An Apprentice to Elves by Elizabeth Bear & Sarah Monette
An Apprentice to Elves, the third installment of the ISKRYNE series, is a book that depends on its thick world-building. Elizabeth Bear and Sarah Monette have created realistic cultures that take some cues from Norse and Roman history and dramatized a cultural conflict between them, at the same time as developing relationships and characters rooted in these cultures. Most of the narrative is set in the Northlands, an icy forested domain whose natural defenses are harsh enough to help the Northmen stay safe. But a new enemy, the fiercely disciplined Rhean, invades from the south, hoping to colonize the Northlands and bring the Northmen under their rule. The Northmen have two advantages: their intimate knowledge of the harsh North itself, and their battle-mates, the trellwolves. These giant wolves can form telepathic bonds with wolfcarls, their chosen human warriors, making them a fighting force to be reckoned with.
In the midst of this background cultural conflict, readers meet Alfgyfa, the daughter of one of the wolfcarls of the North. She has been sent to apprentice to the svartalfar — the dark elves — which is where we get our title. Her svartalf master, Tin, navigates the challenging politics that swirl around the presence of a human child among the elves. Alfgyfa’s curiosity, independence, and willingness to buck tradition cause problems for her and for Tin. Both are called to take a stand on the side of the Northmen against the Rhean, but come up against major resistance among the svartalfar who do not want to do anything that would draw them back into war.
I liked the detail and realism of the worldbuilding in An Apprentice to Elves. Bear and Monette don’t make their world simple by any means. In that respect (and that alone) it reminded me of A SONG OF ICE AND FIRE: lots of shifting and complicated alliances and conflicts both within and between major groups of characters. One of my favorite characters was Otter, a Brythoni and former Rhean slave who was rescued by a Northman. She secures her place among the Northmen by working hard for the good of the heall, sharing her inside knowledge about the Rhean, and beginning a tentative relationship with one of the wolfcarls. We also witness the first steps of healing a centuries-old schism between the svartalfar and the aettrynalfar, spurred on by the outspoken Alfgyfa.
However, the intensity of the world-building meant that the pace dragged at times. And I wasn’t as interested in the extended battle scenes as I would have liked to be; I found them difficult to follow from time to time. Also, I just don’t care as much about battle as diplomacy — why I like Star Trek more than Star Wars. But there’s plenty of diplomacy to be had here alongside the battle.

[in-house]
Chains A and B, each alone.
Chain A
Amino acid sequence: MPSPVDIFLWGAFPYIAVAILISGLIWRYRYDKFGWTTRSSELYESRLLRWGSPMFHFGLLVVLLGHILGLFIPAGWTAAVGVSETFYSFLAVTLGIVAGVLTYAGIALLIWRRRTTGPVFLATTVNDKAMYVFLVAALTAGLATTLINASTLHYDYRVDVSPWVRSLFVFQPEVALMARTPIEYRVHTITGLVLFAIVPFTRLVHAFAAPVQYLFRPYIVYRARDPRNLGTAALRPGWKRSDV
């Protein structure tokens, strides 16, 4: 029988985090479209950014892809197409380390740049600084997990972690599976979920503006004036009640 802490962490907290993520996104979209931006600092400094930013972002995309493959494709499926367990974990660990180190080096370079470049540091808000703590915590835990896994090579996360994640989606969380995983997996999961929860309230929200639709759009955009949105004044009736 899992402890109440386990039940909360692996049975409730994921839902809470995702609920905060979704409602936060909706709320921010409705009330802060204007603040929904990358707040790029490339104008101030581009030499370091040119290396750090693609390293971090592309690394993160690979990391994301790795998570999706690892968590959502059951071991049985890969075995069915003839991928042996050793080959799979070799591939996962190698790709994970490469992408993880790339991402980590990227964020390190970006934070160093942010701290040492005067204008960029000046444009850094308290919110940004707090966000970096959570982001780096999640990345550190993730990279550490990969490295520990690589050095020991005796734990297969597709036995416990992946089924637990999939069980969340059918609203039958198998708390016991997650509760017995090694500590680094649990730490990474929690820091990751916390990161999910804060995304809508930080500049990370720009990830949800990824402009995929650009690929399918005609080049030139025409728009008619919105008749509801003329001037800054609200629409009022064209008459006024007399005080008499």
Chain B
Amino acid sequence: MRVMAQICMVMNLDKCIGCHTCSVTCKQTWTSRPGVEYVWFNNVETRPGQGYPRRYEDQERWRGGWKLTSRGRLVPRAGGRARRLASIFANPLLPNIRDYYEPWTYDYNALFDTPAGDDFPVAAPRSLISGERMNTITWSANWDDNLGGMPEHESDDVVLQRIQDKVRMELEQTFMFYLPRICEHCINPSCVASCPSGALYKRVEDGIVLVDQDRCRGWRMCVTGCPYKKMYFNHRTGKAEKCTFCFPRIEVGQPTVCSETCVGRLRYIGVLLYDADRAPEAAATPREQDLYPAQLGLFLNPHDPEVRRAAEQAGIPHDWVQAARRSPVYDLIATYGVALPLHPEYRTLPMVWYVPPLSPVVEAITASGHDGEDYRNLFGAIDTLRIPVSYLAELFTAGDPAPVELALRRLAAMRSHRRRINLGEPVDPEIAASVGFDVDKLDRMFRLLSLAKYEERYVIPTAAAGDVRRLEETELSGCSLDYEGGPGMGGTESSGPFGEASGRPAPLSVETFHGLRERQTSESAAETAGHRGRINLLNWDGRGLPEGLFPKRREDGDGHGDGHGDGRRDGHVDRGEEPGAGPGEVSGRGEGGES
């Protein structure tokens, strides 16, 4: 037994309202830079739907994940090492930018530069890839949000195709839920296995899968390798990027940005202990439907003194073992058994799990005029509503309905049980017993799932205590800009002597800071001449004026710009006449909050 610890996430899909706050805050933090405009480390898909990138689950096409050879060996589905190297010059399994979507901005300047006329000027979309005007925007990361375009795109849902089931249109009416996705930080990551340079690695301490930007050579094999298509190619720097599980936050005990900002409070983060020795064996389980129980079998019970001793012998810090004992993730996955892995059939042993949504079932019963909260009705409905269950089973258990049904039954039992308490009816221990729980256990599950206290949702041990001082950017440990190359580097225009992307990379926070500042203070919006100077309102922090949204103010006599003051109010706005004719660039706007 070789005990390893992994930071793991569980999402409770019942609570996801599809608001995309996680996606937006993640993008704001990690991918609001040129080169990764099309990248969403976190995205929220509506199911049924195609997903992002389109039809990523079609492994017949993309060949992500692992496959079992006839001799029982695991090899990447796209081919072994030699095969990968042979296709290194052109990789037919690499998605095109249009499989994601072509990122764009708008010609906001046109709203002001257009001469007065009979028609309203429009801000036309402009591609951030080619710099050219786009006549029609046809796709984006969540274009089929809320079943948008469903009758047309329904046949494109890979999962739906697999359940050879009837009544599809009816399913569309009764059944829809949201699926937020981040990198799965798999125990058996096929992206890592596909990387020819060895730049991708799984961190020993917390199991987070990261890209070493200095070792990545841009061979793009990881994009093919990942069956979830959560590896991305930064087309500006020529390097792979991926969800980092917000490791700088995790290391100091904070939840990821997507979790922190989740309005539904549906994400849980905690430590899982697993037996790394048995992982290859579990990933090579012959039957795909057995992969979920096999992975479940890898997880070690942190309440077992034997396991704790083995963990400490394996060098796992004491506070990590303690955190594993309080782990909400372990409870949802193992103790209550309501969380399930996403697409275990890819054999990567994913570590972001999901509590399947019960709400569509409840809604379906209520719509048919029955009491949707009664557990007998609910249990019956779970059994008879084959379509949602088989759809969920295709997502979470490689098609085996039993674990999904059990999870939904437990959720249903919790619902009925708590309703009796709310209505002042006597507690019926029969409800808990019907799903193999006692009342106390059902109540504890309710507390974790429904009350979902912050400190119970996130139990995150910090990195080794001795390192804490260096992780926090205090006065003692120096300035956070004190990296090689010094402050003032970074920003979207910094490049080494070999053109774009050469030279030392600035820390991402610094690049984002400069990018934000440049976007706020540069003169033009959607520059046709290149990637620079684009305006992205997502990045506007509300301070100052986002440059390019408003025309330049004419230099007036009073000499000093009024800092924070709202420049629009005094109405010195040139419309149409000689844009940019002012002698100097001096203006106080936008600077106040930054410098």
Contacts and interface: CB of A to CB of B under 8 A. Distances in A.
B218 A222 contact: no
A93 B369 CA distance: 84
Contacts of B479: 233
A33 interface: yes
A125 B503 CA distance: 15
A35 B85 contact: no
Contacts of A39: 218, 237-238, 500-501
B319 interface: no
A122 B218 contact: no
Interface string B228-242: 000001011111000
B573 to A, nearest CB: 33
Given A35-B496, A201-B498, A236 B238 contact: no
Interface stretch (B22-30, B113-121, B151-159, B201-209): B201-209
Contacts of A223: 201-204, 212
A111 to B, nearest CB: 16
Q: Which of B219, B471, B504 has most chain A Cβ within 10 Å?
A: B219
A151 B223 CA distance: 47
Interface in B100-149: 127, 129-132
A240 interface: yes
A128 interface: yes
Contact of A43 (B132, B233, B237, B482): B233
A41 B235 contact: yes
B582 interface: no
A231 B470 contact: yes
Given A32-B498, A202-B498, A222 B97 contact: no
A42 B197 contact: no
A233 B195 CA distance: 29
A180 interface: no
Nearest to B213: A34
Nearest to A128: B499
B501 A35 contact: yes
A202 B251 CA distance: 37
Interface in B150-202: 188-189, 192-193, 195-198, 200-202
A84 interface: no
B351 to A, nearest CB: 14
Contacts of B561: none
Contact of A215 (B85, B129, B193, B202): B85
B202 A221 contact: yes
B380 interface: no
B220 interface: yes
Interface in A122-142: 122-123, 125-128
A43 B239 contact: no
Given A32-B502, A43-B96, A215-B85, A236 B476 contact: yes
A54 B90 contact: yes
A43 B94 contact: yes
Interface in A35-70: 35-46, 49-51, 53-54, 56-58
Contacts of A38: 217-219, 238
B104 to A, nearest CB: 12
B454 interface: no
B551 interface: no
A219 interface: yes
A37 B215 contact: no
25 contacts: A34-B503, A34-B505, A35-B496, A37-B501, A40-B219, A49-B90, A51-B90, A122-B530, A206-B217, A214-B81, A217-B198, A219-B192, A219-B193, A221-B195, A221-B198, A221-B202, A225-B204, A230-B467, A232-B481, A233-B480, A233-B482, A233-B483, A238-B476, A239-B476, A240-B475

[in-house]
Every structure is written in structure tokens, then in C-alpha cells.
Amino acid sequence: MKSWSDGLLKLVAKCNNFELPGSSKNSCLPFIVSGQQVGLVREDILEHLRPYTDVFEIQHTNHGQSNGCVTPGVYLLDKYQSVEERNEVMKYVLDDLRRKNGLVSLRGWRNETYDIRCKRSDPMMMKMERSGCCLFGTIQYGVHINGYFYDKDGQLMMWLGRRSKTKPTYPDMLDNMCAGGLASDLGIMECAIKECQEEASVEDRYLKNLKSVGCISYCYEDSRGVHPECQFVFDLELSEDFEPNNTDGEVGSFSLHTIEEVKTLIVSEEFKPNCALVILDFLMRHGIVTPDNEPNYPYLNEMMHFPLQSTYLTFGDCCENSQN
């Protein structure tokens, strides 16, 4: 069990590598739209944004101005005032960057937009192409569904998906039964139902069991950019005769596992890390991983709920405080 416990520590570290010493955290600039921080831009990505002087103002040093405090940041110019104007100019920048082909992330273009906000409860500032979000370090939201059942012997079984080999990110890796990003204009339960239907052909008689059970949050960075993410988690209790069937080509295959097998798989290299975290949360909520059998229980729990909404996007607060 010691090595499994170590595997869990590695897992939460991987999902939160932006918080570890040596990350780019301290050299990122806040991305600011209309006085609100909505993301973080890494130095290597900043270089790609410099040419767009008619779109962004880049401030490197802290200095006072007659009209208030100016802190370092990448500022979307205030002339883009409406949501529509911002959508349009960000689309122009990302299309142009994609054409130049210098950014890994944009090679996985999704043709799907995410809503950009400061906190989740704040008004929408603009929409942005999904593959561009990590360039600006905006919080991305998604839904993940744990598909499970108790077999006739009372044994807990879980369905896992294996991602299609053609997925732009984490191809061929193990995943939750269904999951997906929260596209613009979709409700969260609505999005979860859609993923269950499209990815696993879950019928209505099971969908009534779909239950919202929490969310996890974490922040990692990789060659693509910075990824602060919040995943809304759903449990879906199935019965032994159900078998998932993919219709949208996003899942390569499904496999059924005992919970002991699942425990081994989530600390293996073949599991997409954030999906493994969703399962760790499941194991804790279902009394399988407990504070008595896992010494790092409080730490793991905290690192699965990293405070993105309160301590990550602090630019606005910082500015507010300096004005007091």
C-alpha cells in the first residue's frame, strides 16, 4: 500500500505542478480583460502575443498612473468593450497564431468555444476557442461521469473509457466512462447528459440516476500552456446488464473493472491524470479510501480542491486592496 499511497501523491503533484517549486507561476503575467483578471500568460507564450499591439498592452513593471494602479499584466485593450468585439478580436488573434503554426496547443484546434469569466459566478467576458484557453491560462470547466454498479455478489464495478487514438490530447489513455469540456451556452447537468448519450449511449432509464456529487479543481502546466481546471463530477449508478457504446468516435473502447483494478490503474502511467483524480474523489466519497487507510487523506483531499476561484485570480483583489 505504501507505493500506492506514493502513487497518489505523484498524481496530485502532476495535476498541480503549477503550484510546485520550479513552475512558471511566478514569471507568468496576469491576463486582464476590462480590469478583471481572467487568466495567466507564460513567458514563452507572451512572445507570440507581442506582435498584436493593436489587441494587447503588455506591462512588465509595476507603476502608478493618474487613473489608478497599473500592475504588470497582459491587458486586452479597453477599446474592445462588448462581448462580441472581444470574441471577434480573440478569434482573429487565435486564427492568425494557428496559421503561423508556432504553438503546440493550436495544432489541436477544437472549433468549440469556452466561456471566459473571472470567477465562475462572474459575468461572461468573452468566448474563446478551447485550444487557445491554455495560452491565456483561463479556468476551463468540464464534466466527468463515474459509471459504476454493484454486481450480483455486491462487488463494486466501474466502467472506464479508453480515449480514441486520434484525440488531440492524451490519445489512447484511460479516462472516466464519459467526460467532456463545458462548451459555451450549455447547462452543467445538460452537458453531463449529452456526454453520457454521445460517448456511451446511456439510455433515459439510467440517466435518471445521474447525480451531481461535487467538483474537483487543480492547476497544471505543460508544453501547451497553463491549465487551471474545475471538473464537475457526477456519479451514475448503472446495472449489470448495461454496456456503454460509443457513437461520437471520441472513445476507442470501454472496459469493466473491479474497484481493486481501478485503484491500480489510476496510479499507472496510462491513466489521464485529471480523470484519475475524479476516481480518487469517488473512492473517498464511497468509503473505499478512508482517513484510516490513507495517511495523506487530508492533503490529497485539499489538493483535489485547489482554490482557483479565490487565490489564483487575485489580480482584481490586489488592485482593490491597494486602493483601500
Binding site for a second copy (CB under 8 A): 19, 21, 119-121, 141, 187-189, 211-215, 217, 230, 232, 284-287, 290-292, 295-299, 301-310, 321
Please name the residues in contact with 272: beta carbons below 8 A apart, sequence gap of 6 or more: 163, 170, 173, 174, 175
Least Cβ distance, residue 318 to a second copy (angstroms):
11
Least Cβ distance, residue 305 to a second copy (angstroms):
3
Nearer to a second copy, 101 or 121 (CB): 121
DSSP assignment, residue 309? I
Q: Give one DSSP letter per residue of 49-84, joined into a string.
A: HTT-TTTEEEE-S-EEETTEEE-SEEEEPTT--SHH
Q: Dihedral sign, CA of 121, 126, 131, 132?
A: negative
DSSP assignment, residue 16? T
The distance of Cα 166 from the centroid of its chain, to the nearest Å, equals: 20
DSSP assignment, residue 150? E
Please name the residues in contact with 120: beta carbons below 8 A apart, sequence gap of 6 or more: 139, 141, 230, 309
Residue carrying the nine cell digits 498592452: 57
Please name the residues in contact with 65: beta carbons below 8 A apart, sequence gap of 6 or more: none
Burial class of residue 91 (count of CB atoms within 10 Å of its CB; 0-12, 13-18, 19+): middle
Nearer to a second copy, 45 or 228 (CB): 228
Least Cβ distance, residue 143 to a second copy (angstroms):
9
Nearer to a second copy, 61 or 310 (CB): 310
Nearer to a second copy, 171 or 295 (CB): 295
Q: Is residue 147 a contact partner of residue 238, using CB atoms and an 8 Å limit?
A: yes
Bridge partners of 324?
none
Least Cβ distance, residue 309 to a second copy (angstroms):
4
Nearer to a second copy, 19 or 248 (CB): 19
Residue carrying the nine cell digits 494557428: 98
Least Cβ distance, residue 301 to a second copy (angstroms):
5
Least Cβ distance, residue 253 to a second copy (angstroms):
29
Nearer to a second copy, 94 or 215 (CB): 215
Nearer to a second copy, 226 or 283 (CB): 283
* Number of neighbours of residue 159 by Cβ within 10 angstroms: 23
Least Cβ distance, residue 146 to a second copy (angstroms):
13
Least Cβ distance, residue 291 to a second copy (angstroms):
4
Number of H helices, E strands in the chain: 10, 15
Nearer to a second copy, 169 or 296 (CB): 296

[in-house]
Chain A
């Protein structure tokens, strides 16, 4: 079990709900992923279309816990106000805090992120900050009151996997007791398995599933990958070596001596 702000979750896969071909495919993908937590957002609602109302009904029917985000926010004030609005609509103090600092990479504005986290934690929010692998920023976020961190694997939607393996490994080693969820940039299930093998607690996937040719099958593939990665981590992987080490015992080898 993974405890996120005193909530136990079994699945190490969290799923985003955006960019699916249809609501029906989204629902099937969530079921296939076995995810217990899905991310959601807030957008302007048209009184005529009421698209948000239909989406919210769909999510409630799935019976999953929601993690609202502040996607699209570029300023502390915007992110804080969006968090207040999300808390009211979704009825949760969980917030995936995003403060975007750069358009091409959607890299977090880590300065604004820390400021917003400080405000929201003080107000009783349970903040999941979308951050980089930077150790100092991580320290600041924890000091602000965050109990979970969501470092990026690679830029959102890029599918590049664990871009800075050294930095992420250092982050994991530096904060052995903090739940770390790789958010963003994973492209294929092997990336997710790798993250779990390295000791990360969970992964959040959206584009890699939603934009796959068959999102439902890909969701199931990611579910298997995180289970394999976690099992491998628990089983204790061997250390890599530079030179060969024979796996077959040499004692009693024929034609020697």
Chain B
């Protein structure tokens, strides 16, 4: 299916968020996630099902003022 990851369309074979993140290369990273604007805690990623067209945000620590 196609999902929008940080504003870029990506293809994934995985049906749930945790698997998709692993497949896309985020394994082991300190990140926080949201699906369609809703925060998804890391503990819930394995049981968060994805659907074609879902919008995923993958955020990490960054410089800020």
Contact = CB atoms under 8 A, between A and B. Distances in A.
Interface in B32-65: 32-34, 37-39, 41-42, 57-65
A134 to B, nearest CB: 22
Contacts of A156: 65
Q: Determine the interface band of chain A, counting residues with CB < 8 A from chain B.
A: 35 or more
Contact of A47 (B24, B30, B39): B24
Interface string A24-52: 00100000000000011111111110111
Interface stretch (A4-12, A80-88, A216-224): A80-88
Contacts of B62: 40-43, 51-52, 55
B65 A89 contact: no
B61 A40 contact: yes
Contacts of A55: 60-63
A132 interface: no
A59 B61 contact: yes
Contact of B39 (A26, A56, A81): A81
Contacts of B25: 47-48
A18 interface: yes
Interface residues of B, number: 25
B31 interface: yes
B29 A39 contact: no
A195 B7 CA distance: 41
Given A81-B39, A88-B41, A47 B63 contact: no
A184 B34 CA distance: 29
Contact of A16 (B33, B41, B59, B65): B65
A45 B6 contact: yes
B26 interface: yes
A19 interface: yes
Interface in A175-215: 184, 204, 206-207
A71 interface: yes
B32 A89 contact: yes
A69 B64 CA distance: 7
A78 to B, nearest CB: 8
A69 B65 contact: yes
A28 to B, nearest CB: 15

I liked the different kinds of relationships in An Apprentice to Elves: friendships between sworn brothers, both hetero- and same-sex romantic relationships, the intense bond between wolfcarls and their wolves, and even a blooming cross-species relationship between a human and a svartalf. The blunt Northmen aren’t stereotypical monolithic Vikings, but a nuanced and developed society, with all of the shades of in-between that comes with that. In addition to Tin, Alfgyfa, and Otter, the book contains one other p.o.v. character, Fargrimr — a sworn-son who is biologically female but living the role of a man so that he can inherit and lead. I found this utterly fascinating and will probably dig back into the early books in the series so that I can understand this concept more.
If I have one major qualm with An Apprentice to Elves, it was that I did not always find it easy to understand, not having read the previous installments in the series. I picked this one up because I liked the title and had read, from several other reviewers, that reading it as a stand-alone would be okay. I felt that the history I needed to know was gestured at, but in a way that managed to confuse more than enlighten me. However, these tantalizing hints do suggest the wealth of world-building that readers of this series can expect.
Ultimately, An Apprentice to Elves is a complex tale which brings up issues like cross-cultural conflict and the gulf between generations. Trust is at the heart of many of the conflicts here: can Alfgyfa trust that her mentor Tin will protect her and champion her, even when she departs from traditions? Can the Northmen trust the alfar to stand with them against the Rhean? Can Otter trust that she will become a meaningful part of Northmen society? Can the wild wolves trust the more domesticated trell-wolves and fight with them? Like in real life, we don’t get concrete answers at the end — just enough hints that things might turn out positively if peace and friendship can be maintained.
Hmm, I’d been holding off because I hadn’t read the earlier work. Maybe I’ll wait ’til I get around to that
Ditto — I’d heard that this could stand on its own pretty well, but it sounds like I should start from the beginning. Thanks, Kate!
I appreciate a review like this because it helps me make a solid guess on if I would enjoy a book or not. That’s the best thing ever because I hate it when I’ve tied money up in a book that I would end up not finishing…. Great review Kate. This book probably isn’t for me, but now I know it.